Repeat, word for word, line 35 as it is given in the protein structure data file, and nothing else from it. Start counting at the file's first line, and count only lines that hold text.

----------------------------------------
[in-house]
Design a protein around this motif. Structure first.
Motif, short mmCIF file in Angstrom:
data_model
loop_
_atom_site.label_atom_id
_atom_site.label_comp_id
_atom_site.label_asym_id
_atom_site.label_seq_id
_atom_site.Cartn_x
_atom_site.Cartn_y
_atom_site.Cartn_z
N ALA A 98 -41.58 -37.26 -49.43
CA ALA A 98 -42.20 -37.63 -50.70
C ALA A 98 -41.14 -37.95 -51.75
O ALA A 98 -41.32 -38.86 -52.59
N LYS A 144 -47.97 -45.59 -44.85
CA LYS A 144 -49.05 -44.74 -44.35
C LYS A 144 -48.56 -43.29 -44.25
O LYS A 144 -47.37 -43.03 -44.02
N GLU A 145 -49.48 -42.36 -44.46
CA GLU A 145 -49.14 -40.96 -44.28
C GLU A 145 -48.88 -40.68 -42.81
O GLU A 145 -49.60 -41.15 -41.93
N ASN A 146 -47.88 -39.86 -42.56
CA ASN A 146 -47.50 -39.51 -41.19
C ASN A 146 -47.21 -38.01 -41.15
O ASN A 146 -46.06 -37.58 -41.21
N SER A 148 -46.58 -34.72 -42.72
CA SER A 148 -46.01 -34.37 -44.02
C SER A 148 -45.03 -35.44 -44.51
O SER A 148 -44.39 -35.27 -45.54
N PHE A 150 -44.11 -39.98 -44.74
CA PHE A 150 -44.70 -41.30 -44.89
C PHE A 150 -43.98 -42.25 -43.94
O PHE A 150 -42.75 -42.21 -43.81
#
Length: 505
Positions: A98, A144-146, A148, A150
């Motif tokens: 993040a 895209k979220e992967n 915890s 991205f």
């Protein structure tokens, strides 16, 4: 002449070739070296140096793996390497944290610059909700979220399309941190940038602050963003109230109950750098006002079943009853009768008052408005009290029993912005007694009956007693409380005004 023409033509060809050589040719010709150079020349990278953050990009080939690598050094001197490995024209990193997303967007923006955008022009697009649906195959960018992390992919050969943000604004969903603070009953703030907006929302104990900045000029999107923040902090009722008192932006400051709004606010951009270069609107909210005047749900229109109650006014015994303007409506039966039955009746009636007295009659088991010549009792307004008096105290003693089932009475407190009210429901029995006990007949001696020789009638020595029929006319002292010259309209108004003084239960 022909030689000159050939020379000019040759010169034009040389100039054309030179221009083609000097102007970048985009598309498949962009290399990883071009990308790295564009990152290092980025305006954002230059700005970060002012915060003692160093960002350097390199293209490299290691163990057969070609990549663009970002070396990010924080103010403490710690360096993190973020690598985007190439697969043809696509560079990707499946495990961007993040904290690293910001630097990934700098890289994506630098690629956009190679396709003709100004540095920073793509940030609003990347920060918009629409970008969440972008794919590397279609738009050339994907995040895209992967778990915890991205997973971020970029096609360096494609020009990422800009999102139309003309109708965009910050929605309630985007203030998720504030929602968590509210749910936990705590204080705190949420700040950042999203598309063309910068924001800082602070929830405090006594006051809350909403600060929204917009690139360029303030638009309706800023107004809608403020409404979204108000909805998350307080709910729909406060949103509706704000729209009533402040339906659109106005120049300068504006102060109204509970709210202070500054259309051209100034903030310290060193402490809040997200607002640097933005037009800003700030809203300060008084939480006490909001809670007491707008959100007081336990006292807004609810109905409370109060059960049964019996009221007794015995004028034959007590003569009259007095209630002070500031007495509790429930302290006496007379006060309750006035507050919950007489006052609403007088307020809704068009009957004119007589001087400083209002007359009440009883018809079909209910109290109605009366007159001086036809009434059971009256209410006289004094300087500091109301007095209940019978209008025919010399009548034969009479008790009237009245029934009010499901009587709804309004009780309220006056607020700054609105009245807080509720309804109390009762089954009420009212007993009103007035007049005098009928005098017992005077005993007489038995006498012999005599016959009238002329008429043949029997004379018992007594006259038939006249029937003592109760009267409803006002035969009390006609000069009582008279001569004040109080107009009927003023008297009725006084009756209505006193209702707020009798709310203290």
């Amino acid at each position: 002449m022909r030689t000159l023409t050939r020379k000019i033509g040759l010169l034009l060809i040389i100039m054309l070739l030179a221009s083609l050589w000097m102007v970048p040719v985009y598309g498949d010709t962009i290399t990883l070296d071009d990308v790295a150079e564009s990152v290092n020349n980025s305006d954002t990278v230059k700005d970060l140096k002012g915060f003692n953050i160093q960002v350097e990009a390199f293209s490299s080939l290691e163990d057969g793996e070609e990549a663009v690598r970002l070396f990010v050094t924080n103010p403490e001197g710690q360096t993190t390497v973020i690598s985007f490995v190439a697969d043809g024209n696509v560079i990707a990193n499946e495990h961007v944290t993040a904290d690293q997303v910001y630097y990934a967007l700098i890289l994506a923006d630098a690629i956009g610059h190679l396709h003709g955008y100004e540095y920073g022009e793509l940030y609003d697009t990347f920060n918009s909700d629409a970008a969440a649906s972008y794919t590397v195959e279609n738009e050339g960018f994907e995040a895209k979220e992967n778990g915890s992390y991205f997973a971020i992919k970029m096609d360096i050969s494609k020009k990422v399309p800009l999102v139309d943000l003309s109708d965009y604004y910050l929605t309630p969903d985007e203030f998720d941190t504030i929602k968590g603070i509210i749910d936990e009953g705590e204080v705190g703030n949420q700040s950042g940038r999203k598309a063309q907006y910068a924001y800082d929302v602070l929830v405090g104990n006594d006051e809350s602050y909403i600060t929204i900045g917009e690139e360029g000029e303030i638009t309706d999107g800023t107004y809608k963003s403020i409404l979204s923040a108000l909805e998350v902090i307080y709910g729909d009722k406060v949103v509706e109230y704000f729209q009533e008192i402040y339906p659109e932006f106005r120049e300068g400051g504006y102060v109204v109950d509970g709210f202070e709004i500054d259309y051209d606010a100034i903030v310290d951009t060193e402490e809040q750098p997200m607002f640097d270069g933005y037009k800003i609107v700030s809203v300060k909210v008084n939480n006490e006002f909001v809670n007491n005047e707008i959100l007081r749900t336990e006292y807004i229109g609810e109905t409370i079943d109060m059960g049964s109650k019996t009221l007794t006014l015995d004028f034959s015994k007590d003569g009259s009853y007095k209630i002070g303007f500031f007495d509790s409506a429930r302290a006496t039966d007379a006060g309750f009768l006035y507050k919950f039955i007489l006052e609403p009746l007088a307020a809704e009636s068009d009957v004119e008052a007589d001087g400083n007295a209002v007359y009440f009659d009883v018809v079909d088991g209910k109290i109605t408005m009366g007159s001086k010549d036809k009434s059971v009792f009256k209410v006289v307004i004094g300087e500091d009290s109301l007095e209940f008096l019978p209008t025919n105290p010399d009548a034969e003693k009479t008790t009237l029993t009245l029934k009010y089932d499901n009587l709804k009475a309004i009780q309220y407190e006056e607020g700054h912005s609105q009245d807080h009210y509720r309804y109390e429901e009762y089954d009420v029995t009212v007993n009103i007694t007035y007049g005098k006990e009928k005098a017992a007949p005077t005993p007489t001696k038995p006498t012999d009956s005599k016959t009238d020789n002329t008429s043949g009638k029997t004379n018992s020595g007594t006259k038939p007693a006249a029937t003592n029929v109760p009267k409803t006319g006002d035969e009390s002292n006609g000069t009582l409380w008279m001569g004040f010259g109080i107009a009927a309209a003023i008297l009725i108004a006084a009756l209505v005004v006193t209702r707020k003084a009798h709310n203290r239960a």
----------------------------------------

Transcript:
C PHE A 150 -43.98 -42.25 -43.94